From the moment I started entertaining the idea of a format comprised of old rock songs from the Beatles to U2, I have faced skepticism and doubt about Classic Rock's efficacy and sustainability. Radio people are just like that. Come to think about it, the record community wasn't thrilled about it either, but that's another story for another day.
Everyone wants a new format that is scalable – in other words, it can be successful in pretty much any market in the country, and doesn't cost a fortune to launch and maintain. But when those new formats come along, most radio observers and pundits get cynical and even skeptical.
It usually starts with “It'll never work.”
Then when the new format pops a good number, it's “Well, it looks like a one-book wonder.”
When it actually looks to be successful, it's “Well, that's Detroit – let's see it work out west, down south, or in the east.”
And finally, when the format looks to be a multi-market hit, it's the worst forecast of them all:
“But will it last?”
As we've learned over the past 37 years, Classic Rock is here to stay. You've seen the data from Nielsen, as well as in research you've no doubt experienced in one market or another. This is a body of music – and more important, a collective experience – that like the music, stands the test of time. In yesterday's blog post, we saw the data – Classic Rock concert tickets are the priciest of every music genre. There's a lot to be said for gold.
But like most formats, there's a certain fragility to Classic Rock. The audience is in a constant state of “aging out.” And while we've seen encouraging signs younger people – born long after the Doors, Queen, and Def Leppard first hit the music scene – embrace this music as much as their parents (and grandparents). That odd demographic reversal of fortune has kept many Classic Rock stations highly-ranked in the all-important radio demographic: 25-54 year-old adults.
But there's a hazard on the Classic Rock road ahead. Namely mortality.
Many of the format's standard bearers are on “the 8th floor” – well into their seventies, if not older. Many others died too young, or have passed away in recent years, leaving fans to enjoy their recorded music, while they learn to live without the joy and energy of live performances. Fans rue the fact they never saw David Bowie, Tom Petty, or Eddie Van Halen in concert.
To a great degree, this explains the success of all those amazing cover bands, carrying on the tradition of their namesakes. For many fans, this is how they'll be able to see a facsimile of the Beatles, the Monkees, and even bands like Pink Floyd, the subject of yesterday's JacoBLOG post.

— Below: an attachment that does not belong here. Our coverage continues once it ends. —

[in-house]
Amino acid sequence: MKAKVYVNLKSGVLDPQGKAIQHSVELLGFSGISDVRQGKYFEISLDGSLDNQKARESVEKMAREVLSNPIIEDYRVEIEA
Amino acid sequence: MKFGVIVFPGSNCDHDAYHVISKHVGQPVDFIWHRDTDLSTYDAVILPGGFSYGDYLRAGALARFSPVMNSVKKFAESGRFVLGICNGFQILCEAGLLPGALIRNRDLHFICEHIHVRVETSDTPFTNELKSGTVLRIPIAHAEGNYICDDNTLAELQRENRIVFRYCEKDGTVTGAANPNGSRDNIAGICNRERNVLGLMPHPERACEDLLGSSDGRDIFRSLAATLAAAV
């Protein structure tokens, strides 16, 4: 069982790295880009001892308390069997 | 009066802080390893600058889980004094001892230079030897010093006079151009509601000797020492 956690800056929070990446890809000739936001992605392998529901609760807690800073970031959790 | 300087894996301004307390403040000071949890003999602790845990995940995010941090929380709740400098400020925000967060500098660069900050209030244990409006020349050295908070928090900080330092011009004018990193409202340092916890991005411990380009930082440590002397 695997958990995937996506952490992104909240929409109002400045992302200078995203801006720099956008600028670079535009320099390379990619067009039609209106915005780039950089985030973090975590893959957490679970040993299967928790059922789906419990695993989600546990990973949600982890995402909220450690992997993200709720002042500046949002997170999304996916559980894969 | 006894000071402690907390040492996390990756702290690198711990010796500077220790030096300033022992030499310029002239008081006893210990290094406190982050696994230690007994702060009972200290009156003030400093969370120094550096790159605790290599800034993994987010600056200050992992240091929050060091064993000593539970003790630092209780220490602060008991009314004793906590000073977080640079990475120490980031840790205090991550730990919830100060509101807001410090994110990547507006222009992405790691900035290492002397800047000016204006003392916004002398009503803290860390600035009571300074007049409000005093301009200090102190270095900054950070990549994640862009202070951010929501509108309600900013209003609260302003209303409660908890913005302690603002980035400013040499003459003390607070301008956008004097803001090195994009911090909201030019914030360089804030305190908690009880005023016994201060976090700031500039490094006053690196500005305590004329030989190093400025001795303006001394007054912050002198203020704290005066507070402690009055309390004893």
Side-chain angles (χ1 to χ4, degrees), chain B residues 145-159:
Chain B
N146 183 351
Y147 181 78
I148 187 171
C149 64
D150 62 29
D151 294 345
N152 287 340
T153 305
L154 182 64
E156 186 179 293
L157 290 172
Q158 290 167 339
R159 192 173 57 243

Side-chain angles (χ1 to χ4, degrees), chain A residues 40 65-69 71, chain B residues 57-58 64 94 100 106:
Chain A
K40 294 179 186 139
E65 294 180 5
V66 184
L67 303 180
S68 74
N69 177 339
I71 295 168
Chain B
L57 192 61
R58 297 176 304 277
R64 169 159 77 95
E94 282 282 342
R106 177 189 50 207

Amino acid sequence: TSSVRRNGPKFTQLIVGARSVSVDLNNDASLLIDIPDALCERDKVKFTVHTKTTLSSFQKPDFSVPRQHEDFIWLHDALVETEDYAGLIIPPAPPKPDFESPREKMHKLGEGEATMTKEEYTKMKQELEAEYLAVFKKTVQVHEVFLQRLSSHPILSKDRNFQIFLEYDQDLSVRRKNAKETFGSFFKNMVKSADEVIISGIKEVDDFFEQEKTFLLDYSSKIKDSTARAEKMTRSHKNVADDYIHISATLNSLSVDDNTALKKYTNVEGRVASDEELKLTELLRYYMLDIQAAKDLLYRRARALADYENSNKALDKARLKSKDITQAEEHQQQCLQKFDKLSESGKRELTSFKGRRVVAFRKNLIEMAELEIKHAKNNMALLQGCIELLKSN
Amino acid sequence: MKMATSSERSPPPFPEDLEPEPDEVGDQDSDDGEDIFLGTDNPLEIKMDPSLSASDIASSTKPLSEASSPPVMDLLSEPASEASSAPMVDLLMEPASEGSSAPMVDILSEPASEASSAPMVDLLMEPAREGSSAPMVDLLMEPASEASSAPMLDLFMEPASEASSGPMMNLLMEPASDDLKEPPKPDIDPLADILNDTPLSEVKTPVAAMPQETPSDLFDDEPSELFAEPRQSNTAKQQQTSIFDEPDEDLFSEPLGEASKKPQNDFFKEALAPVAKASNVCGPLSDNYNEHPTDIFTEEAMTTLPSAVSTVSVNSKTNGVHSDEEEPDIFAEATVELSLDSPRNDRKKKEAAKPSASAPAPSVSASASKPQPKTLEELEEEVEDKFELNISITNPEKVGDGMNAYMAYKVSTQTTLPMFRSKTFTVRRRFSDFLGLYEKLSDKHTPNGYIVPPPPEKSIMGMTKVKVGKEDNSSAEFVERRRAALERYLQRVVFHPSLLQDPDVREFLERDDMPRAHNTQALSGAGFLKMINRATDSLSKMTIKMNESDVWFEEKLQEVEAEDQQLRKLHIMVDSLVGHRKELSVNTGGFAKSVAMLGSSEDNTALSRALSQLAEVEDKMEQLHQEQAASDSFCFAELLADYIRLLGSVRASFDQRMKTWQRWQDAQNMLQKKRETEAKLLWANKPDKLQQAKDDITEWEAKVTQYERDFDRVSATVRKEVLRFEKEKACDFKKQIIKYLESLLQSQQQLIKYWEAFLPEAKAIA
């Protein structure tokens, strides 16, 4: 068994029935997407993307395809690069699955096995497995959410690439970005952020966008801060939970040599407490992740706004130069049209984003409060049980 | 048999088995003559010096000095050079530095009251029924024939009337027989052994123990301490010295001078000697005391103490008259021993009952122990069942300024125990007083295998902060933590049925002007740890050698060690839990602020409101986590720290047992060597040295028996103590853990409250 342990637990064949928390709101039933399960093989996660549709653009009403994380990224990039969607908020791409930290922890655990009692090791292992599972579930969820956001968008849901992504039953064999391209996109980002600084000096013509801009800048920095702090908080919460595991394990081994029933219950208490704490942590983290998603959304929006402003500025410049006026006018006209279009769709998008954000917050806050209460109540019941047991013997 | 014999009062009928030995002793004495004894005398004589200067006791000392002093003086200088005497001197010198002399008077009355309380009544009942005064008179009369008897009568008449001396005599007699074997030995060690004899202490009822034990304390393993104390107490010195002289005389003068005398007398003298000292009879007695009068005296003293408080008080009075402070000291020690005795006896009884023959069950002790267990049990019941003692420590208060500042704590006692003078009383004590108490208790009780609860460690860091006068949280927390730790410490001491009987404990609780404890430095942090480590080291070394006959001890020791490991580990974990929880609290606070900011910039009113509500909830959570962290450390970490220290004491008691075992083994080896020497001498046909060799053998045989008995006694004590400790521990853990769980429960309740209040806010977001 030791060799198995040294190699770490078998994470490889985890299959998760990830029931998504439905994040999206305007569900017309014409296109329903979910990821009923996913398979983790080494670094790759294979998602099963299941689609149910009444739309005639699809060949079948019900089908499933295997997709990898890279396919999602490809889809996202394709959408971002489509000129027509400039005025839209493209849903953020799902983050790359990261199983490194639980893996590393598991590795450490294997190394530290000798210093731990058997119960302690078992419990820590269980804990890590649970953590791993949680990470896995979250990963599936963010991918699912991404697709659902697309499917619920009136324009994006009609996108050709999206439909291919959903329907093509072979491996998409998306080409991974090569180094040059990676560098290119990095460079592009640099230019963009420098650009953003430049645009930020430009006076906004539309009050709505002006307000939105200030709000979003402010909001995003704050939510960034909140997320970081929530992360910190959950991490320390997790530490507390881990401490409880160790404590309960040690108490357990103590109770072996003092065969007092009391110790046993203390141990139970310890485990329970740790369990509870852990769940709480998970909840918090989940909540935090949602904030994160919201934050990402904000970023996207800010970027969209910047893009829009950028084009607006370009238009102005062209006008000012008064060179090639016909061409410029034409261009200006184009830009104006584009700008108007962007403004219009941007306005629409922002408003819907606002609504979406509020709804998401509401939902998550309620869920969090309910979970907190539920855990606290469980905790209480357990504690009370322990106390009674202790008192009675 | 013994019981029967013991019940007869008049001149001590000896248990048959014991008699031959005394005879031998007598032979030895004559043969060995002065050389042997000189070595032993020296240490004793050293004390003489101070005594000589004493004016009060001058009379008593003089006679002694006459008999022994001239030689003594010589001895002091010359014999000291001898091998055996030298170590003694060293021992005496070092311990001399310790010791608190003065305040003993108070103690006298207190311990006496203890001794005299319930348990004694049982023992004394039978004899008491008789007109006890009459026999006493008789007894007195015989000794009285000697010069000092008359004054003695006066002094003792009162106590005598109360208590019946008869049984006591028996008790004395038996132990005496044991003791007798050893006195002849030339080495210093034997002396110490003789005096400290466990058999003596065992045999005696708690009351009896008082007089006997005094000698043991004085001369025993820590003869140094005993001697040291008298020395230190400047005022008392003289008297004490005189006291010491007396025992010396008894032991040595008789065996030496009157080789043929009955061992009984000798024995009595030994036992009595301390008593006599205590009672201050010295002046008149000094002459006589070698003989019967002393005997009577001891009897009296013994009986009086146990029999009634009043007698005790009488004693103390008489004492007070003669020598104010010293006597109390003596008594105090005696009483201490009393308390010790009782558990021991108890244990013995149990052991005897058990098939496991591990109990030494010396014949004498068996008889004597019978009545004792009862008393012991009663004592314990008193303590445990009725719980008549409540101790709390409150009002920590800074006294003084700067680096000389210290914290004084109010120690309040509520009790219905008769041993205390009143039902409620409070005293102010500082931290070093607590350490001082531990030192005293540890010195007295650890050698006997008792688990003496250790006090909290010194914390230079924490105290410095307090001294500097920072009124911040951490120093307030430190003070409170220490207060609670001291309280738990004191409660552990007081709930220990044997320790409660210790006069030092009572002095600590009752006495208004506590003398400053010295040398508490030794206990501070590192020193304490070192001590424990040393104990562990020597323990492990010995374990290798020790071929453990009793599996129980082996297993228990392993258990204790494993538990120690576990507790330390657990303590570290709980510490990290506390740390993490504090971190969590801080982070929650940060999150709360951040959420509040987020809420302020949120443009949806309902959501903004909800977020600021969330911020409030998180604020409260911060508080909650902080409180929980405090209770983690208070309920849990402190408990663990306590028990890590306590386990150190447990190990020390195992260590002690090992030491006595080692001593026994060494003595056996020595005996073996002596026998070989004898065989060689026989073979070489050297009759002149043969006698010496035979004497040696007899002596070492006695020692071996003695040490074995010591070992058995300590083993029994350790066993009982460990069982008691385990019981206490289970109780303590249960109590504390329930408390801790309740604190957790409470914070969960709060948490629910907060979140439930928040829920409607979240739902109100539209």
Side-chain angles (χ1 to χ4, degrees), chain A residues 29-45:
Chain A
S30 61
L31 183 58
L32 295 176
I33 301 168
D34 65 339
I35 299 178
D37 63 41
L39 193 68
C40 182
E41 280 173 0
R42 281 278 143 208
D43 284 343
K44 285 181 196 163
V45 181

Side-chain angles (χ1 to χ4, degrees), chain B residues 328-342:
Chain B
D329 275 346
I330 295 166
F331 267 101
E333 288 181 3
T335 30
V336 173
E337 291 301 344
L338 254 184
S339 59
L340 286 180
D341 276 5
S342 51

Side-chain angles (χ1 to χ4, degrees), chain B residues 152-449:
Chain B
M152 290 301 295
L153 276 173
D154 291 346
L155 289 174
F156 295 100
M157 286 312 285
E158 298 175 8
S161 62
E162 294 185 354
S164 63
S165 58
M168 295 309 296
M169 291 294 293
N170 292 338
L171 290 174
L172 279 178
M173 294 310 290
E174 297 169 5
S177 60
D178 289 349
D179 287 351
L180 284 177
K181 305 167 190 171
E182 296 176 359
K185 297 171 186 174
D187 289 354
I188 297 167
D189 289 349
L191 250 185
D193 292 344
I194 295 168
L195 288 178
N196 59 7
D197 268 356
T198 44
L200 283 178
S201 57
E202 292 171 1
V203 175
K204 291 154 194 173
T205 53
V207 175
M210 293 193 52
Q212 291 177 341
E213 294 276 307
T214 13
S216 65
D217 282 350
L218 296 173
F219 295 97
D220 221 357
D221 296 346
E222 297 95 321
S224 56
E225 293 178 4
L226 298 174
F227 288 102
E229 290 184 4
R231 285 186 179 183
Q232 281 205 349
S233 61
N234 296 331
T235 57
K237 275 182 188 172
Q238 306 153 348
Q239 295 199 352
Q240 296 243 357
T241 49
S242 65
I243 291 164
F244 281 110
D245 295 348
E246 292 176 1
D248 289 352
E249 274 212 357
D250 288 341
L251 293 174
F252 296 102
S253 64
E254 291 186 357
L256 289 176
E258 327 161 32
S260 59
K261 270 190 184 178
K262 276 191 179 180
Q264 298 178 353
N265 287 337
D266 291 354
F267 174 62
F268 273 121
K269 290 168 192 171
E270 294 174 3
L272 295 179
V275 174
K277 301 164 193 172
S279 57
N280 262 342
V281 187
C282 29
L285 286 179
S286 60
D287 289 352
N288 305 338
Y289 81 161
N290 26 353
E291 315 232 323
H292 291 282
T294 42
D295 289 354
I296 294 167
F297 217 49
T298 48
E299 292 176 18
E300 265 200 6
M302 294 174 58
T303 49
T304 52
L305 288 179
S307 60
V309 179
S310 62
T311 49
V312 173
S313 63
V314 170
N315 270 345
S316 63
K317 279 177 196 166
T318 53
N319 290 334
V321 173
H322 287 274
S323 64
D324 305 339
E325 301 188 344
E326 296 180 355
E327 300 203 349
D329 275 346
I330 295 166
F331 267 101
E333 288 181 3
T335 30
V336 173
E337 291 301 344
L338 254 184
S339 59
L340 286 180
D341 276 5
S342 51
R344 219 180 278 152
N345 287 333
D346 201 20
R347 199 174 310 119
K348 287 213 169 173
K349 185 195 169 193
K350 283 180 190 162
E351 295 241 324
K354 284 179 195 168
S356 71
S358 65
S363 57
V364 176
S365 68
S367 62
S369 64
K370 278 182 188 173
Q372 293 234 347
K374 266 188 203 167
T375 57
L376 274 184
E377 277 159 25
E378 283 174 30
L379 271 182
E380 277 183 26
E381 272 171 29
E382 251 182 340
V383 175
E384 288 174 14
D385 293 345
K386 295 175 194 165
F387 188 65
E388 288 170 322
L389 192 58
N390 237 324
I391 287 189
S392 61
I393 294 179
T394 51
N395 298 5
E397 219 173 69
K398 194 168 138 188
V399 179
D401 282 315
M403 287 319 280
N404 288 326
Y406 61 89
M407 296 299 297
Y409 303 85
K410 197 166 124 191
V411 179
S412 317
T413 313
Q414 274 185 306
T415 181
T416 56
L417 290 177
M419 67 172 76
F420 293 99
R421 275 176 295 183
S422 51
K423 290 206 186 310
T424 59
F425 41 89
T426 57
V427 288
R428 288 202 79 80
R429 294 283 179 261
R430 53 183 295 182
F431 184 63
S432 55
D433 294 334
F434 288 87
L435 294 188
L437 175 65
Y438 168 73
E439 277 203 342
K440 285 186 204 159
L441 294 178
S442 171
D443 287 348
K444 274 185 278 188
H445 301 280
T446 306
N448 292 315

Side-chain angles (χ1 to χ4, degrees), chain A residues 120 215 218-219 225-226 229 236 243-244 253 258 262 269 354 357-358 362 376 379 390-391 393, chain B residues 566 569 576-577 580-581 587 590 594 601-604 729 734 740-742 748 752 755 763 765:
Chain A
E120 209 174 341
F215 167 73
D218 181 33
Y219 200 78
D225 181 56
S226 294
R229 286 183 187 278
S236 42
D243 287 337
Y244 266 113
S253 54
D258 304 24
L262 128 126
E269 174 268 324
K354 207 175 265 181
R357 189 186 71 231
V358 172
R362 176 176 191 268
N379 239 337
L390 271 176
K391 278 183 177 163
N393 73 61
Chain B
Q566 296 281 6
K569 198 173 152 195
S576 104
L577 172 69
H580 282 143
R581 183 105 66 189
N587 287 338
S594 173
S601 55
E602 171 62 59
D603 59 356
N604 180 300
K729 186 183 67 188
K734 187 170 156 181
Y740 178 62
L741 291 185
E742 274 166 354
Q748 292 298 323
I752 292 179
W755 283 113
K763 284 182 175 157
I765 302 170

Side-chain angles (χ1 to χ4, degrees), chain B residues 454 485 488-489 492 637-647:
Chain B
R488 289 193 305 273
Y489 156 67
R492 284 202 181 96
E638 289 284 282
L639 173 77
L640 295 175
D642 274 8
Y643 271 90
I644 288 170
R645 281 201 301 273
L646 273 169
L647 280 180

Cover bands aren't new. In fact, they've been around for centuries. We call them symphony orchestras, and they “cover” the Mt. Rushmore composers of Classical music – Beethoven, Mozart, Shubert, and Liszt.
But what if there was a way to experience the masters, whether they're live, dead, incapacitated, or otherwise not touring? And what if we could see them in their prime – long before they turned gray or could no longer prance all over the stage?
Up to this point, holograms have been the go-to technology. Tours approved by the estates of Roy Orbison and Ronnie James Dio have been tried with mixed results. I blogged about how these concerts have both excited audiences and also disgusted them in a post titled “Would You Pay To See A Classic Rock Hologram In Concert?” back in 2018.
But its four years later, and innovation leads the way. And the band that's playing the role of virtual canary in the coalmine is none other than that Swedish quartet ABBA.
For all you cynical rockers reading this (and I normally count myself as a card-carrying member of that group), let's not forget that Agnetha Fältskog, Björn Ulvaeus, Benny Andersson, and Anni-Frid Lyngstad have made musical performance history.
ABBA is credited with the invention of the “jukebox musical,” where there are songs are embedded in a fresh story line. “Mama Mia!” was a smash on Broadway, spawning two mega-hit movies for a franchise that remains highly popular.
Now, a story in TimeOut – “How ABBA's 2022 virtual concerts could change the face of live music” – tells the story of how the band is deep into virtual succession planning. The subtitle no doubt grabbed the attention of aging rockers, like Mick & Keith, Pete & Roger, and Sirs Paul and Elton, to name a few;
“Will this exciting digital technology allow musical icons to live forever?”